This week’s case is a far-from-elementary one: who is the greatest Sherlock Holmes from cinema and TV? Guinness World Records has the great detective as “the most portrayed movie character”, starting with the 30-second American silent Baffled from 1900 (shown on a single-viewer device). His latest incarnation is Will Ferrell in boisterous comedic take Holmes and Watson (in cinemas from Boxing Day). So, more than enough pipe-sucking logicians from whom to choose.
To deduce the ideal Holmes, we’ve come up with a top ten in chronological order. But the final vote is yours. Read all about them, then scroll to the bottom to make your choice…
John Barrymore (1922)
Mr Barrymore (pictured, left), as he is listed in the credits of once-lost silent Sherlock Holmes (adapted from a play by William Gillette but based on Arthur Conan Doyle’s stories), gives Holmes a suavely scatty demeanour. Described in one intertitle as “a marvel at digging out things”, he takes years to pin the blame on Moriarty in this case, but he models the pipe and smoking jacket rather well along the way.
Basil Rathbone (1939-46)
Arguably the definitive silver-screen Sherlock, Shakespearean stage star Rathbone went a long way to hallmarking the Holmes of lore over 14 films (currently available on TCM), ranging from first film in the series and location grandstander The Hound of the Baskervilles (Mon, Wed) to chamber pieces like the train-set Terror by Night (Fri 14 Dec). With Nigel Bruce’s slow-witted, colonially inclined Watson (“Great Scott!”), little beats the duo’s clipped repartee.
Christopher Lee (1962)
Having played Sir Henry Baskerville opposite Peter Cushing’s Holmes in Hammer’s 1959 Hound of the Baskervilles, Lee snatched the pipe
to star in dubbed black-and-white Euro-pudding Sherlock Holmes and the Deadly Necklace (directed by Hammer’s Terence Fisher). He’s at home by the hearth and lankily debonair in a cape, but the production is cheap and beneath his and — as Watson — Thorley Walters’s talents.
Peter Cushing (1968)
Not to be outmanoeuvred by Lee, Cushing went long-form in Sherlock Holmes for BBC1. Facially suited (he’s introduced in silhouetted profile in the credits), he essayed a camply rakish incarnation, taking over from Douglas Wilmer for the show’s second run in 1968. Another Nigel — Stock — warmed up Watson and, despite theatrical staging on chipboard sets, its casting was spot-on. One case, The Blue Carbuncle, featured Dad’s Army spiv James Beck as the butler. In modern parlance Cushing owned it, but no third series was ordered.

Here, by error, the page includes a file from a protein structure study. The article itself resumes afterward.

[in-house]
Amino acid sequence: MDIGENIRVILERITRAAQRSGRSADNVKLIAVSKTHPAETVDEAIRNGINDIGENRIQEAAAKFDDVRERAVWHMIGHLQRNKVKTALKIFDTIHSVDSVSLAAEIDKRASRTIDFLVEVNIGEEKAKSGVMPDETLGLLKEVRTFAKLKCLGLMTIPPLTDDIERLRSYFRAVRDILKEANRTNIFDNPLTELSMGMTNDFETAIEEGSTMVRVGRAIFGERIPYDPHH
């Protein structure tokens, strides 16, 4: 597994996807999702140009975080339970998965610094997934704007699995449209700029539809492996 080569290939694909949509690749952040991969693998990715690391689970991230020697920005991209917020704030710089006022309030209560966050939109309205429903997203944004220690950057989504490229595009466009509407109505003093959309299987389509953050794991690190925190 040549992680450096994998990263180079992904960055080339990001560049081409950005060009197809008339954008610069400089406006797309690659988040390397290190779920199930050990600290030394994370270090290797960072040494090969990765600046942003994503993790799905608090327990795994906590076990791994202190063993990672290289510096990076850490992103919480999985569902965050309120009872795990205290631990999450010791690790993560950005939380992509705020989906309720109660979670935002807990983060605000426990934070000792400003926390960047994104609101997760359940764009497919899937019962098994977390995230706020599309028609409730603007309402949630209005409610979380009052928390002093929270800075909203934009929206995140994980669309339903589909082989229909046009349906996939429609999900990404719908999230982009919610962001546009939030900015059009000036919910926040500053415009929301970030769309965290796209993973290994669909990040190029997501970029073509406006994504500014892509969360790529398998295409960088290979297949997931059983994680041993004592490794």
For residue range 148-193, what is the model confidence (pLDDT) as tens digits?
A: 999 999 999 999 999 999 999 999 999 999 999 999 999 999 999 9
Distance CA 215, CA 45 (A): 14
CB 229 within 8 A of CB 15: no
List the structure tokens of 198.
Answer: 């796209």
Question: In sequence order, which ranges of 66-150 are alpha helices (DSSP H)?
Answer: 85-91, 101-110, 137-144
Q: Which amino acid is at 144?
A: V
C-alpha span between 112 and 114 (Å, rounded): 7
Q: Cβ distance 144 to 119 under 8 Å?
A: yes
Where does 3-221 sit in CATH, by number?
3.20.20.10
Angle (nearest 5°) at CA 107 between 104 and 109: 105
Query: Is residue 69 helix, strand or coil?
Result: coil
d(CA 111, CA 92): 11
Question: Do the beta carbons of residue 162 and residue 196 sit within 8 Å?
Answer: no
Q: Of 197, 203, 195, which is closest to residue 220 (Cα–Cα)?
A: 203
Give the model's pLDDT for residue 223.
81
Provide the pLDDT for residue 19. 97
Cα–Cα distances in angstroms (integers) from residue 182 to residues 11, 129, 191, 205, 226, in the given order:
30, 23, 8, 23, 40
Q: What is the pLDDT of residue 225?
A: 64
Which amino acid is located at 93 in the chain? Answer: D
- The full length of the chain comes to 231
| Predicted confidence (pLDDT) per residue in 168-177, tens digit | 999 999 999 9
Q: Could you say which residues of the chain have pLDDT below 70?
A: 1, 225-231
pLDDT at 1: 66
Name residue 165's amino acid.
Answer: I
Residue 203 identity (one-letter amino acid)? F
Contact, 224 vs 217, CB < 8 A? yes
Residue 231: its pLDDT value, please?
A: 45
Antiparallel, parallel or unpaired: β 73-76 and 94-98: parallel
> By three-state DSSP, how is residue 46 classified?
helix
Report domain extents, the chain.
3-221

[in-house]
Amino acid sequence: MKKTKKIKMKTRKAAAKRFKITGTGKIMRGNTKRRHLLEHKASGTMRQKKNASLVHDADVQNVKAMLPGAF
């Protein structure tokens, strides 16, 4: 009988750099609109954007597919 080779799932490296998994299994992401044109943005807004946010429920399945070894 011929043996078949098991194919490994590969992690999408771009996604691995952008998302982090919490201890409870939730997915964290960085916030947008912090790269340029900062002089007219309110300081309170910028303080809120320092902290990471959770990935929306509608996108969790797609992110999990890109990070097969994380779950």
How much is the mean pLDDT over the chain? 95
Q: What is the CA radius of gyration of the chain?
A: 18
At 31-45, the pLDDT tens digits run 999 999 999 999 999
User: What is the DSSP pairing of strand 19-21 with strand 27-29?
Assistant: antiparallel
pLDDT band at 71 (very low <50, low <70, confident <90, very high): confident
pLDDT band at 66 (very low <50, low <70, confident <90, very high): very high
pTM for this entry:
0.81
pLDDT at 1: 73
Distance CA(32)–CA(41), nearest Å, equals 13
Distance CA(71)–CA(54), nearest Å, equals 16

Nicol Williamson (1976)
Rangy Scottish thesp Nicol Williamson doesn’t actually play Sherlock Holmes in The Seven-Per-Cent Solution, an arch, lavishly all-star 70s pastiche based on the bestselling novel by Nicholas Meyer, but a deluded man who thinks he is. A harassed Moriarty (Laurence Olivier) asks Watson (a horribly miscast Robert Duvall) to have his friend psychoanalysed by Freud (Alan Arkin). Williamson is left to dash about like a manic loon.
Peter Cook (1977)
Comic portrayals of Holmes abound but few match Peter Cook and Dudley Moore as a prissy Holmes and a Welsh Watson in full-on spoof The Hound of the Baskervilles, filmed at Hammer’s Bray Studios and cast from comedy’s top drawer: Kenneth Williams, Terry-Thomas, Max Wall, Joan Greenwood, “with a fleeting appearance by Spike Milligan”. Cook gives Holmes a speech impediment and a domineering mother who calls him “Shirl”. They even work in an Exorcist gag.
Jeremy Brett (1984-94)
The connoisseur’s Holmes, for the sheer eccentricity and physicality Brett brought to the part and the 41 faithful adaptations Granada racked up over ten years… Brett called the part “harder than Hamlet or Macbeth”. An assiduous researcher, he aimed for authoritative perfection and Sherlock’s quasi-bipolar personality came to echo his own. A New York Times obituary in 1995 declared Brett’s Holmes “quintessential”.
Benedict Cumberbatch (2010-present)
While Elementary stacks up season upon season on CBS with Jonny Lee Miller as a post-rehab Holmes in Manhattan, our own beloved Benedict is rationed by Steven Moffat and Mark Gatiss into “event” mini-series that strut like a grown-up Doctor Who. Cumberbatch’s nicotine-patched Sherlock and Martin Freeman’s Afghanistan-vet Watson text, Google and GPS, and generate real emotional jeopardy with fancy narrative footwork over four increasingly complex seasons. The deerstalker is now ironic.
Ian McKellen (2015)
Certainly the oldest screen Sherlock, McKellen’s post-Second World War diagnostician retires aged 93 to a beekeeper’s idyll, in the sedate, flashback-driven Mr Holmes (based on Mitch Cullin’s 2005 novel, A Slight Trick of the Mind). There, he paternally encourages housekeeper’s son Milo Parker to develop his investigative skills while grappling with an account of his last case. McKellen brings a funereal pace and the dignity of age to the detective.
Johnny Depp (2018)
A slight cheat, as Depp appears in voice only in the self-consciously pop-driven US/UK animation Sherlock Gnomes. But he takes the English accent seriously enough and allows a hint of Jack Sparrow into his actually upright and traditional case-solver — when he’s not sniffing the ground like a bloodhound or duelling with Moriarty (a Pillsbury Doughboy-like mascot) on Tower Bridge. If the animators based this Holmes on a previous model, then it’s surely Rathbone.